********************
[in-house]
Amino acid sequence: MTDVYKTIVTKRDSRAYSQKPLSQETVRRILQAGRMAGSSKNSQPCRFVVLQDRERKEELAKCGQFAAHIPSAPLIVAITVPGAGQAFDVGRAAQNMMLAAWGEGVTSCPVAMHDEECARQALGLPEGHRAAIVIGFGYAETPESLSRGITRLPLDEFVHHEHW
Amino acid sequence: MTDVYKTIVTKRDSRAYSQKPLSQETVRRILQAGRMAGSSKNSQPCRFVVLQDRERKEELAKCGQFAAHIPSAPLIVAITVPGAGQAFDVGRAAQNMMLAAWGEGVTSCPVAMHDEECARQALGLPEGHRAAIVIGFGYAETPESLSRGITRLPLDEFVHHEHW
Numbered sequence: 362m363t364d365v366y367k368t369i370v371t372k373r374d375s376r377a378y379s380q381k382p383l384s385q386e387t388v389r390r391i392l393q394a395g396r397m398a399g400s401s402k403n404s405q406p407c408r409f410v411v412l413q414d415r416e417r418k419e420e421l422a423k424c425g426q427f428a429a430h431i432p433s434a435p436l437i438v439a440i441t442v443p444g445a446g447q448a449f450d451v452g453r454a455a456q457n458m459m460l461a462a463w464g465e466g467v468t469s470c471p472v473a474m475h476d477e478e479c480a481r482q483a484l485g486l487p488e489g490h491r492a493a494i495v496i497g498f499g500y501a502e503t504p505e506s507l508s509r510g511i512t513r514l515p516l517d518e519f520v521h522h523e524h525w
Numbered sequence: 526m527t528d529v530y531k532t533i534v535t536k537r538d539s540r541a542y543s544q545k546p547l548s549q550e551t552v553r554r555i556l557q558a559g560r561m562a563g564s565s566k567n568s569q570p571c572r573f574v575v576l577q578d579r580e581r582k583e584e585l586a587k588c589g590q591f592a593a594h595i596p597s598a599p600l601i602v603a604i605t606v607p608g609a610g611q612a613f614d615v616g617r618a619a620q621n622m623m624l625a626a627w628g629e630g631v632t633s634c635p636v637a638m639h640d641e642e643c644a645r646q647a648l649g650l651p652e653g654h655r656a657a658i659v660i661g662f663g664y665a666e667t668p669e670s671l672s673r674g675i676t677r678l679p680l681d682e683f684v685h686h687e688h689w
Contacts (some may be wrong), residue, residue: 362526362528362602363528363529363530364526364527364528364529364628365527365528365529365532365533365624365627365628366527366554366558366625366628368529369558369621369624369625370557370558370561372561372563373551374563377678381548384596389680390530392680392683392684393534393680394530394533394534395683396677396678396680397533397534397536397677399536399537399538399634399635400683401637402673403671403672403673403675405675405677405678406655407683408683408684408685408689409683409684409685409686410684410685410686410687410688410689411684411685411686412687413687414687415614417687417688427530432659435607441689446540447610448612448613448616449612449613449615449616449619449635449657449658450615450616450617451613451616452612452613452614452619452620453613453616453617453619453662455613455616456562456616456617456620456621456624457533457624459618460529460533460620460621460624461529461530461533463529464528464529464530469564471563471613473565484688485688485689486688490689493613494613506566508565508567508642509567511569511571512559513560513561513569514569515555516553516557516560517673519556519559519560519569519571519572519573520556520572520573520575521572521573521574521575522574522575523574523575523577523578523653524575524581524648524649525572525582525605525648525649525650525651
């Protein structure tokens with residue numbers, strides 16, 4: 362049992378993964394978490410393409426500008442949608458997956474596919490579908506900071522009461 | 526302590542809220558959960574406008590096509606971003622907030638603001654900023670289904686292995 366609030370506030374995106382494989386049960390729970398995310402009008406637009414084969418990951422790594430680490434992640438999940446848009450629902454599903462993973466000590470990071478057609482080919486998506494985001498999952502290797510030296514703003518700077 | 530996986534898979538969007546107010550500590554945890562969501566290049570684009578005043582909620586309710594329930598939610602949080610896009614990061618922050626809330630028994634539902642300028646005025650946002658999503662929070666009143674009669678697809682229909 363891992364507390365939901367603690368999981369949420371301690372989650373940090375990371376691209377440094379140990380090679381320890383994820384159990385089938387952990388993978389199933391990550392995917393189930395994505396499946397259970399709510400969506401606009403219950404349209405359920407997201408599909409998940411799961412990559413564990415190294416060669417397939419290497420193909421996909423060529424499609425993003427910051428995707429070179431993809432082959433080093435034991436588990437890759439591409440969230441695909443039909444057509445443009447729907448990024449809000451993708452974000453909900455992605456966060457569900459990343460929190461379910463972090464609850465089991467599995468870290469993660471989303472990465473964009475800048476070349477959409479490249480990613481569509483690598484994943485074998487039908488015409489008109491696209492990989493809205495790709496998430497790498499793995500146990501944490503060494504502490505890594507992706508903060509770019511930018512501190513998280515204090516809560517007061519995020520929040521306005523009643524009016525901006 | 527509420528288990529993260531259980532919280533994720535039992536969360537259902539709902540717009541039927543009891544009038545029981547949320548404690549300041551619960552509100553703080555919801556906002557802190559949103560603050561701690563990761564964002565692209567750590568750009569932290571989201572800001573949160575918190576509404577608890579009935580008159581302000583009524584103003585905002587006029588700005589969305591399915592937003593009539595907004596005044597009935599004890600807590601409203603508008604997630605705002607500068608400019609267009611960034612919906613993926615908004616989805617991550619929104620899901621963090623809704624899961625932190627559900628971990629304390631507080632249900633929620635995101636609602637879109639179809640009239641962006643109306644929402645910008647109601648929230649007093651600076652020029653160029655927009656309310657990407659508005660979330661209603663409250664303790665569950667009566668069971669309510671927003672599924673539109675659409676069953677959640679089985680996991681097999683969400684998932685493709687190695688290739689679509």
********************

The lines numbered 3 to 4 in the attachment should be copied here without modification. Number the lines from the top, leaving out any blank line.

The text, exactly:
Amino acid sequence: MTDVYKTIVTKRDSRAYSQKPLSQETVRRILQAGRMAGSSKNSQPCRFVVLQDRERKEELAKCGQFAAHIPSAPLIVAITVPGAGQAFDVGRAAQNMMLAAWGEGVTSCPVAMHDEECARQALGLPEGHRAAIVIGFGYAETPESLSRGITRLPLDEFVHHEHW
Numbered sequence: 362m363t364d365v366y367k368t369i370v371t372k373r374d375s376r377a378y379s380q381k382p383l384s385q386e387t388v389r390r391i392l393q394a395g396r397m398a399g400s401s402k403n404s405q406p407c408r409f410v411v412l413q414d415r416e417r418k419e420e421l422a423k424c425g426q427f428a429a430h431i432p433s434a435p436l437i438v439a440i441t442v443p444g445a446g447q448a449f450d451v452g453r454a455a456q457n458m459m460l461a462a463w464g465e466g467v468t469s470c471p472v473a474m475h476d477e478e479c480a481r482q483a484l485g486l487p488e489g490h491r492a493a494i495v496i497g498f499g500y501a502e503t504p505e506s507l508s509r510g511i512t513r514l515p516l517d518e519f520v521h522h523e524h525w